have confirmed this association, including the European Prospective Investigation
into Cancer and Nutrition (EPIC), which reported a 31 percent greater risk of
developing breast cancer in obese women compared to nonobese women (Lahmann,
Lissner, and Berglund 2004). What’s more, overweight women, particularly those
with ER+ tumors, have a higher risk of local lymph node involvement (Verreault et
al. 1989). Sadly, it is estimated that up to 50 percent of breast cancer deaths in
postmenopausal women in the United States can be attributed to obesity (Petrelli et
al. 2002).

Why do we see such an elevation of risk in overweight women? It appears to
come down to a constellation of risk factors that converge into what one cancer
researcher has dubbed an “oncometabolic state” (Wallace 2010). Features of this
oncometabolic state include an abundance of belly fat, elevated glucose or elevated
fasting insulin levels (or both), excessive blood lipids (fats), abnormal blood
coagulation, and elevated inflammation levels. If these markers sound familiar, it’s
because they are very similar and, in fact, overlap with markers for a more wellknown
condition known as metabolic syndrome, also known as insulin resistance or

A Hint of Sweetness

A Hint of Sweetness

Just because we recommend avoiding sugar doesn’t mean you need to give up
sweetness altogether! Most of us love the taste of sweetness on our palates from
time to time.

For those occasions, try one of the following sweeteners as a tasty
alternative: raw honey, maple syrup (grade B or C is less processed and contains
more nutrients than grade A), blackstrap or sorghum molasses, date or palm sugar
(low on the glycemic index), stevia, or xylitol.

These whole-food sweeteners have a far less dramatic impact on blood glucose because they contain nutrients, one of which is chromium, known for its stabilizing effect on blood sugar. Avoid artificial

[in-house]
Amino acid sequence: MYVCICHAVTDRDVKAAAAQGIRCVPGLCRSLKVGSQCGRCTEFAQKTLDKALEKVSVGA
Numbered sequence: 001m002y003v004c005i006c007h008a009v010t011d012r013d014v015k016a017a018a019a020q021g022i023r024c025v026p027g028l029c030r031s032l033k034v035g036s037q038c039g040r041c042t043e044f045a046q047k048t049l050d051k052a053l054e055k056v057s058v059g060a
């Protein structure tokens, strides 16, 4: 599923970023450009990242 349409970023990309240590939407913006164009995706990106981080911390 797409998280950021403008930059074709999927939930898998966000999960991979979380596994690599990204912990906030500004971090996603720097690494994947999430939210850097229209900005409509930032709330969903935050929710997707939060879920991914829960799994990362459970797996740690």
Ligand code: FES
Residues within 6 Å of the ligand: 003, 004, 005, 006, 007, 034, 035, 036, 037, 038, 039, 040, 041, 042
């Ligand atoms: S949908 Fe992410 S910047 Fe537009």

sweeteners, such as aspartame and Splenda; they are not foods but chemicals, with no known benefit and several suspected harmful effects.

Are All Sugars Equal?

Are All Sugars Equal?

Consider the case of high-fructose corn syrup. It actually ranks low on the
glycemic index, but don’t be fooled. It affects the body in multiple other ways that
help create a hospitable environment for cancer. For starters, it is not found in
nature; it is manufactured. The process by which it is created uses a “mercury-grade
caustic soda” (Dufault et al. 2009) followed by a process known as acid hydrolysis,
used to transform cornstarch into corn syrup. Because mercury is actually used to
produce this special soda, the soda itself may become tainted and pass along its
mercury-contaminated contents to sodas, soups, cereals, salad dressings, and other
processed foods. Concerning cancer specifically, we believe that high-fructose corn
syrup may:

  • Interact with oral contraceptives to elevate insulin levels
  • Deplete micronutrient stores
  • Elevate blood clotting factors
  • Inhibit white blood cell activity

High-fructose corn syrup has also been associated with liver damage (Ouyang et
al. 2008).

In a nutshell, although all forms of sugar seem to promote cancer and adversely
affect general health, we view this information from different perspectives and to
different degrees depending on the type of sugar. High-fructose corn syrup seems to
be one of the most harmful forms of sugar. Our advice to you is to avoid it at all

Dietary Sugar and Cancer: A Sweet Relationship?

Dietary Sugar and Cancer: A Sweet Relationship?

Over the past several decades, a vast number of studies have made the connection
between sugar and cancer. In fact, a casual search on PubMed
(, the online search engine of the U.S. National
Library of Medicine, brings up over twenty thousand articles on “glucose and
cancer.” (For our purposes, “glucose” is another word for sugar.) Clearly, this is an
area of intensive investigation!

As you remember from chapter 2, refined carbohydrates, such as white bread,
rice, pasta, and many cereals, convert to sugar before they’re even swallowed. So
keep in mind that when we say “simple” or “refined” carbohydrates, we’re also
talking, in essence, about sugar. One long-range Swedish study conducted in the late
1980s suggested a link between simple carbs and a common type of breast cancer,
estrogen-receptor positive, progesterone-receptor negative (ER+/PR–). The study
analyzed the eating habits of 61,433 women and concluded that “a high carbohydrate